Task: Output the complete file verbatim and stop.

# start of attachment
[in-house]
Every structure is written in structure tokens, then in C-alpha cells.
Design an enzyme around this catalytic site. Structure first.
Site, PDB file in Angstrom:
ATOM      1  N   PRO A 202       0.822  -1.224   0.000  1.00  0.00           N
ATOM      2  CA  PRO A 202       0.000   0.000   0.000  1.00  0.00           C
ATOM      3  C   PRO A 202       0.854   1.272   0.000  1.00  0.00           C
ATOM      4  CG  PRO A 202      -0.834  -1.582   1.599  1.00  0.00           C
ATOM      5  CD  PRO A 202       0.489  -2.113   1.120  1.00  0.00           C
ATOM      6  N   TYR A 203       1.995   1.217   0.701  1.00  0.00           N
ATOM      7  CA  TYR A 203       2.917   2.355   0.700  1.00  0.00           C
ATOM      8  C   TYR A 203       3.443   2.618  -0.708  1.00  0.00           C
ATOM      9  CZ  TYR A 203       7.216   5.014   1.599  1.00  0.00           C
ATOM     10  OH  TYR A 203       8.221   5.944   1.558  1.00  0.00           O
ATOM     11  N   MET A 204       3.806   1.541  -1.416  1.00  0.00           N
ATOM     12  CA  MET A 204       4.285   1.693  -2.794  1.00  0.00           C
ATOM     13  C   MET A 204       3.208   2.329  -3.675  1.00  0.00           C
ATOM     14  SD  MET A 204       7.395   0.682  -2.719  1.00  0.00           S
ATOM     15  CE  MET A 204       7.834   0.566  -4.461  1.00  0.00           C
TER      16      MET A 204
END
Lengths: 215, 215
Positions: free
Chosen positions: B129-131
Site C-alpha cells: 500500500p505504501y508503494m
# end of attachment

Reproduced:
[in-house]
Every structure is written in structure tokens, then in C-alpha cells.
Design an enzyme around this catalytic site. Structure first.
Site, PDB file in Angstrom:
ATOM      1  N   PRO A 202       0.822  -1.224   0.000  1.00  0.00           N
ATOM      2  CA  PRO A 202       0.000   0.000   0.000  1.00  0.00           C
ATOM      3  C   PRO A 202       0.854   1.272   0.000  1.00  0.00           C
ATOM      4  CG  PRO A 202      -0.834  -1.582   1.599  1.00  0.00           C
ATOM      5  CD  PRO A 202       0.489  -2.113   1.120  1.00  0.00           C
ATOM      6  N   TYR A 203       1.995   1.217   0.701  1.00  0.00           N
ATOM      7  CA  TYR A 203       2.917   2.355   0.700  1.00  0.00           C
ATOM      8  C   TYR A 203       3.443   2.618  -0.708  1.00  0.00           C
ATOM      9  CZ  TYR A 203       7.216   5.014   1.599  1.00  0.00           C
ATOM     10  OH  TYR A 203       8.221   5.944   1.558  1.00  0.00           O
ATOM     11  N   MET A 204       3.806   1.541  -1.416  1.00  0.00           N
ATOM     12  CA  MET A 204       4.285   1.693  -2.794  1.00  0.00           C
ATOM     13  C   MET A 204       3.208   2.329  -3.675  1.00  0.00           C
ATOM     14  SD  MET A 204       7.395   0.682  -2.719  1.00  0.00           S
ATOM     15  CE  MET A 204       7.834   0.566  -4.461  1.00  0.00           C
TER      16      MET A 204
END
Lengths: 215, 215
Positions: free
Chosen positions: B129-131
Site C-alpha cells: 500500500p505504501y508503494m